As we explore in our practice the creative power of love and its impact on justice, we also recognize that money is an energetic force, and as such we have committed to donate a portion of our profits to the people defending our natural resources with their blood, sweat and tears. We recognize that our lives without access to clean drinking water, clean air, and fertile land and seeds, would be short-lived, and that our creative practice depends upon the natural world to give us life. We therefore pledge to donate 10% of the proceed of our artwork to protectors of our natural resources.
At this time, this portion of our proceeds will be sent directly to Standing Rock water protectors. As time passes, we will update you as to where our donations are being sent, but we will continue to support these protectors of our most precious resource, the planet that gives us life, and to which we are eternally grateful.
Katie & Janna
Creating work without knowing why is something that I have done time and time again. I take a piece off the loom and wonder: why was this made? Pieces sit in my home, in my studio, travel with me from one city to the next. Throughout time I have vacillated in my practice between work that is functional, and a desire to make things that have absolutely no use value whatsoever. With the nonfunctional work I ask myself: if I am not exhibiting this, what am I doing?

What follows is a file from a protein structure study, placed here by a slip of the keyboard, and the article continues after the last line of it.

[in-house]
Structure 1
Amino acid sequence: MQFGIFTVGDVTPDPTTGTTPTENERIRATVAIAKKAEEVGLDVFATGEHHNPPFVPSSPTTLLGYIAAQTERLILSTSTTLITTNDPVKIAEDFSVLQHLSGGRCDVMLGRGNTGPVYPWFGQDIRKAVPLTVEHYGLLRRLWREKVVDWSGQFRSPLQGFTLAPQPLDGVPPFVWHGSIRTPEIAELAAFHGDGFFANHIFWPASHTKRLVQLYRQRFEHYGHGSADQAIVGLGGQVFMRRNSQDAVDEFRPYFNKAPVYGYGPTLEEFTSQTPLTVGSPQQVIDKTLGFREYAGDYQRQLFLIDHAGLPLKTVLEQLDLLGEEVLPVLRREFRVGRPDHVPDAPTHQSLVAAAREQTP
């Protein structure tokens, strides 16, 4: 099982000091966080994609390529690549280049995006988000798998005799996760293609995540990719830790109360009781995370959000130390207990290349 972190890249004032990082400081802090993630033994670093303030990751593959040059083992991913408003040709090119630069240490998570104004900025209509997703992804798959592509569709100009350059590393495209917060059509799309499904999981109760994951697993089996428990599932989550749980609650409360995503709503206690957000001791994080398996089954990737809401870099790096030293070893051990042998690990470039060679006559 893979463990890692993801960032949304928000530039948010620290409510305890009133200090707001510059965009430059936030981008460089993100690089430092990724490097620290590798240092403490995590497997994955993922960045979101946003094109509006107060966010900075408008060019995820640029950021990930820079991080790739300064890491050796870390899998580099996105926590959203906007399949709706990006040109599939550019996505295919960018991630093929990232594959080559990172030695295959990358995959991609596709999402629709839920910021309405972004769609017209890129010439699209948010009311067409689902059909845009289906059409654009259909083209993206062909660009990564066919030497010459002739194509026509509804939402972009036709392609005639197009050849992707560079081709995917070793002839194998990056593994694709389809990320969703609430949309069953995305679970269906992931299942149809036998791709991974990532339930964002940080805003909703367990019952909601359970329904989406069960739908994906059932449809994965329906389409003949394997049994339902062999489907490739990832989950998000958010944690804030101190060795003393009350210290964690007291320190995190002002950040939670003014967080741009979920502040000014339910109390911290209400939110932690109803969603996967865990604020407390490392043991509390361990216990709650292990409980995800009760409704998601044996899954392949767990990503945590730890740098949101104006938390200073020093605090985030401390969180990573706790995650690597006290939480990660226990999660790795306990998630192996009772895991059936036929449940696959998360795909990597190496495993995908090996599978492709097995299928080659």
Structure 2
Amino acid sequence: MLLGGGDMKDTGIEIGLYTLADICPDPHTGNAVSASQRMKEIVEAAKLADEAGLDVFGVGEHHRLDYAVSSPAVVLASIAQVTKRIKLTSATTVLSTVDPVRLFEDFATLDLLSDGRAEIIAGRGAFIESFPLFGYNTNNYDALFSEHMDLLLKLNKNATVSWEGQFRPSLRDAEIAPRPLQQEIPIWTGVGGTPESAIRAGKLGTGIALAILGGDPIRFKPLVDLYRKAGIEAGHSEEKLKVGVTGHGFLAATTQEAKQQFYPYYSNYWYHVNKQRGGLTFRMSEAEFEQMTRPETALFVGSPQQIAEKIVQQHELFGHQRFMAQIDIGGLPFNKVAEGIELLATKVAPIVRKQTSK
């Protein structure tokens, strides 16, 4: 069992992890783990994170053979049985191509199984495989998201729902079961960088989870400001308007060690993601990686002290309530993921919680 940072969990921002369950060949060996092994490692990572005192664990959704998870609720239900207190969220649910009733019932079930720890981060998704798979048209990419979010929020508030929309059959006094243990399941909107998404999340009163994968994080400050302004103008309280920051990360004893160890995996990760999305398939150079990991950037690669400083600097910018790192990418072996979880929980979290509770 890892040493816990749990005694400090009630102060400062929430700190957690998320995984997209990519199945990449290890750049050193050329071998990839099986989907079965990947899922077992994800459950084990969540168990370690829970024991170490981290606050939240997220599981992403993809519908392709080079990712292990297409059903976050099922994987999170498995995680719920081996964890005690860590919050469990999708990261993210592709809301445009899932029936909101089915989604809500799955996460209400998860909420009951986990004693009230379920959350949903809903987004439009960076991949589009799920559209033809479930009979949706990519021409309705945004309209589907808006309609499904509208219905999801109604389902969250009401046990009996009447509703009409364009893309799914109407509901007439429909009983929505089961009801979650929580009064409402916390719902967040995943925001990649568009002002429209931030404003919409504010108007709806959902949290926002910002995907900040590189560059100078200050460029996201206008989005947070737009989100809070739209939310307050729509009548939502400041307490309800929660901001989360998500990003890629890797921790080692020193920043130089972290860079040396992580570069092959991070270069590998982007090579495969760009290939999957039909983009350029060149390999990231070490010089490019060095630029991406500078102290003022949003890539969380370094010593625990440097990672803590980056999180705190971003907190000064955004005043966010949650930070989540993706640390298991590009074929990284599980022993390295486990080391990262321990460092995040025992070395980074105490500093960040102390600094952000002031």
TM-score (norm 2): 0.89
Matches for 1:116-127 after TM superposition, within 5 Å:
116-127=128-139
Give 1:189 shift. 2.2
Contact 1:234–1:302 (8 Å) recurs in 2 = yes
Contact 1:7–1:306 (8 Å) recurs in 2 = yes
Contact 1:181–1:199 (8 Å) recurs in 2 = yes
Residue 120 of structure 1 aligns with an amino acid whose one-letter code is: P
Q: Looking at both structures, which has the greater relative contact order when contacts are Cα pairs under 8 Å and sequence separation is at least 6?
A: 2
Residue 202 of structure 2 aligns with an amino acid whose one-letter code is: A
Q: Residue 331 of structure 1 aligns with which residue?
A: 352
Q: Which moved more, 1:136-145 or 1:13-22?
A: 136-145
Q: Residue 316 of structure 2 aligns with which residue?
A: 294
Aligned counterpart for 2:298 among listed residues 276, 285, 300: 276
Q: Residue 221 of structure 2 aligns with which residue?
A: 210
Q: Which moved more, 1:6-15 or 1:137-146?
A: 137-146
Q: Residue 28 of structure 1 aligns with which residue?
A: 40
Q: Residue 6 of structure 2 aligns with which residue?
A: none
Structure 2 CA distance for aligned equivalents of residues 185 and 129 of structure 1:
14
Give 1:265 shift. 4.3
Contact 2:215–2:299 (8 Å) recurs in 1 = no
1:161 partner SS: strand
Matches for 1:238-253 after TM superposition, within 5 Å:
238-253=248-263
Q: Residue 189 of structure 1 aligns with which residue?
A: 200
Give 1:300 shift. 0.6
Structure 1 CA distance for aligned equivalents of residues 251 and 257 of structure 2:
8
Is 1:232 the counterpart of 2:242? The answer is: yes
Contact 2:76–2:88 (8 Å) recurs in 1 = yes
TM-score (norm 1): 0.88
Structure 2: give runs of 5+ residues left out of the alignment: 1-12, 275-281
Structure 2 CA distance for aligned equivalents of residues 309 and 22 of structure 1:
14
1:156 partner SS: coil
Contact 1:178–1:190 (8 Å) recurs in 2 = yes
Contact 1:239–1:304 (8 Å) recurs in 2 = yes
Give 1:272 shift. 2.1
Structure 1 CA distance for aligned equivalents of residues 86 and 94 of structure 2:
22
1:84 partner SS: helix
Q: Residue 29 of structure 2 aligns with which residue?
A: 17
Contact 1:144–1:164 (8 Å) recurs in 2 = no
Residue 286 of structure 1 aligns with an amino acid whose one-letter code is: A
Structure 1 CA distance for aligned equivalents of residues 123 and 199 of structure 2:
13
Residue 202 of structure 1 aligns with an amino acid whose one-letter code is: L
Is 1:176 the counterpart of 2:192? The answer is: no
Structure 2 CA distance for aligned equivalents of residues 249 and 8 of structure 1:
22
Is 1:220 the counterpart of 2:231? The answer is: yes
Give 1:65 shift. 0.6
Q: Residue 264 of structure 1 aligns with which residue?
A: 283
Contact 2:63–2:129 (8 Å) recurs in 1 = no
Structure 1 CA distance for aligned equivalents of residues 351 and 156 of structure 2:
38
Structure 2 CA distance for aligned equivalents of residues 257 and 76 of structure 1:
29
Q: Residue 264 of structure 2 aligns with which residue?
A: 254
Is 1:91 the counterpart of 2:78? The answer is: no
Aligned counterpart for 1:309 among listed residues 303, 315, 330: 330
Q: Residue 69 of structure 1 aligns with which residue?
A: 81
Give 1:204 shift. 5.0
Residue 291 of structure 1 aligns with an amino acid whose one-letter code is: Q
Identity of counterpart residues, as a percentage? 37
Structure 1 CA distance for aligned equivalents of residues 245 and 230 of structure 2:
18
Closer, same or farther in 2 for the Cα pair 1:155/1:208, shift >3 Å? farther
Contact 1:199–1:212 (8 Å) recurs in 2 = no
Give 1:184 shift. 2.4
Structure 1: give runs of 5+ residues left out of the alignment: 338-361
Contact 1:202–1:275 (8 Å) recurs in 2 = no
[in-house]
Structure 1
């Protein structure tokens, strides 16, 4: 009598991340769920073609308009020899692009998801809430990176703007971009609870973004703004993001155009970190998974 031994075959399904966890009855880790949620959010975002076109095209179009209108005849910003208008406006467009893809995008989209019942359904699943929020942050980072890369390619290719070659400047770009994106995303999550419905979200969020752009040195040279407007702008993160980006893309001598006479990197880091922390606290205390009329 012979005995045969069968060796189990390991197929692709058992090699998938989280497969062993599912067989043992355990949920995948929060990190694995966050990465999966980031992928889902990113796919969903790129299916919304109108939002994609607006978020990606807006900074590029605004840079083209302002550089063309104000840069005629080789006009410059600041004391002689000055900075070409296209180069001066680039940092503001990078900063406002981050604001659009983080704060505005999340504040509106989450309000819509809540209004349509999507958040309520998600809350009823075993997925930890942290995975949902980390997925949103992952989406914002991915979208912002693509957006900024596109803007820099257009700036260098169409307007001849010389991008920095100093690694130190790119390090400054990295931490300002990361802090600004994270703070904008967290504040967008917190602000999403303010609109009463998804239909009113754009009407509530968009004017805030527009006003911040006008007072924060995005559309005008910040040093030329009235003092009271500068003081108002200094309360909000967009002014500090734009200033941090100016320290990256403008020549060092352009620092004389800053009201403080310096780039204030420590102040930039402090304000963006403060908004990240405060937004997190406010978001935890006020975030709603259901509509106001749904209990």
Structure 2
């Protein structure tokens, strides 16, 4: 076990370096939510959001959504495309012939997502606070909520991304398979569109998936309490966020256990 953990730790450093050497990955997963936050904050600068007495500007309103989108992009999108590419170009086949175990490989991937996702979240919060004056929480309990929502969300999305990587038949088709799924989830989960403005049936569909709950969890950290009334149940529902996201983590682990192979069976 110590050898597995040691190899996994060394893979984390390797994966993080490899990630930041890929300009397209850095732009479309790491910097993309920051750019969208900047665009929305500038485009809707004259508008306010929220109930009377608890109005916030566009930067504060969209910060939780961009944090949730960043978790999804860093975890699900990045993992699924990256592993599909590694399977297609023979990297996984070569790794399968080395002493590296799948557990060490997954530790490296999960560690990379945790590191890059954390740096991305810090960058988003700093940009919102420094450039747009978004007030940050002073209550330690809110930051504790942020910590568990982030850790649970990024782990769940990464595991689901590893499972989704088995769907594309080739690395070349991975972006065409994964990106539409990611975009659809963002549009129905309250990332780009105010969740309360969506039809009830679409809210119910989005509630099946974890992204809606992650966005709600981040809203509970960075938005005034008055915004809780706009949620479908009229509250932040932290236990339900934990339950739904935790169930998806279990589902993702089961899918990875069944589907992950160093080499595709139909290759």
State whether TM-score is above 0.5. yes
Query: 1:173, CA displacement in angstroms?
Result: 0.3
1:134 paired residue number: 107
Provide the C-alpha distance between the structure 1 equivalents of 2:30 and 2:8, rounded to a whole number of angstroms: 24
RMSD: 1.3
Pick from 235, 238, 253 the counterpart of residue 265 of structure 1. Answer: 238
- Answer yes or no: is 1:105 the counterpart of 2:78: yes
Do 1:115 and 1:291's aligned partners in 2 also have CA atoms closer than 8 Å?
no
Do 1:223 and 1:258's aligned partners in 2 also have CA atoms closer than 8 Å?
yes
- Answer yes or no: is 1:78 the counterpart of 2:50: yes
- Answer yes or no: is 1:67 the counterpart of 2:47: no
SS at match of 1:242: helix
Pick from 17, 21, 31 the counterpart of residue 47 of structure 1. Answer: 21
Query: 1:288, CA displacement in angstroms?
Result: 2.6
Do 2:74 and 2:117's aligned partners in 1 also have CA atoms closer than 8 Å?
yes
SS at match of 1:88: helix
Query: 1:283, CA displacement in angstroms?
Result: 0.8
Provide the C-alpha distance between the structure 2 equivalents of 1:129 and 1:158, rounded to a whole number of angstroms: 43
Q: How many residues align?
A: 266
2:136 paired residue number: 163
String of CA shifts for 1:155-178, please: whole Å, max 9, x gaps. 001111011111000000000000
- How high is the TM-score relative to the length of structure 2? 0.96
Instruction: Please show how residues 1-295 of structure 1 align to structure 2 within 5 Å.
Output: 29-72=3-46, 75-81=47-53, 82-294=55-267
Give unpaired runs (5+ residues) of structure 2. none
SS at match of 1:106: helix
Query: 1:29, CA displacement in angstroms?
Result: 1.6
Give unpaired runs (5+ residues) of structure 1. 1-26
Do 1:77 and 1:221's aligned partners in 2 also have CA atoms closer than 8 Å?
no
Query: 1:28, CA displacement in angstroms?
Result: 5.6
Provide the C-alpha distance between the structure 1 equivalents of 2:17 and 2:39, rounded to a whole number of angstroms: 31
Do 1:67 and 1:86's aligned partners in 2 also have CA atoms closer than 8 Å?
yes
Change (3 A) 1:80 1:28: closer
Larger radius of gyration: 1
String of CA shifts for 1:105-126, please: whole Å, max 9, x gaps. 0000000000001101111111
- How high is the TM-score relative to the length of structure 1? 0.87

It is always a welcome respite to this self-inflicted agony to encounter artists who have been making their work their entire lives without much recognition. It's a reminder that making requires absolutely no external response. Creative process is somewhat of an alchemy. Color, light, form, sound, time, space - you work with these elements to attain a result that otherwise would not have been brought to life. Sometimes the result is something to celebrate, and sometimes you think it a failure, but the end result is primarily a conversation between these elements and the self. Then it can open up to others who show any interest in your pursuit.
Carmen Herrera, a Cuban-born American abstract artist, whose first in-depth exhibit is taking place now at the Whitney museum, is 101 years old. For seven decades she has been exploring abstraction alongside many household names such as celebrated abstract painter Ellsworth Kelly. Yet her identity as both female and immigrant did not prove advantageous when it came to reception of her work here in the United States. In spite of tepid response from an art world that did not place value on her oeuvre, her career has spanned two continents and she has diligently explored her ideas every day for 70+ years. Clearly, if she was asking herself my aforementioned query "why create?", her answer came about in the form of an unabated inquiry of line and color.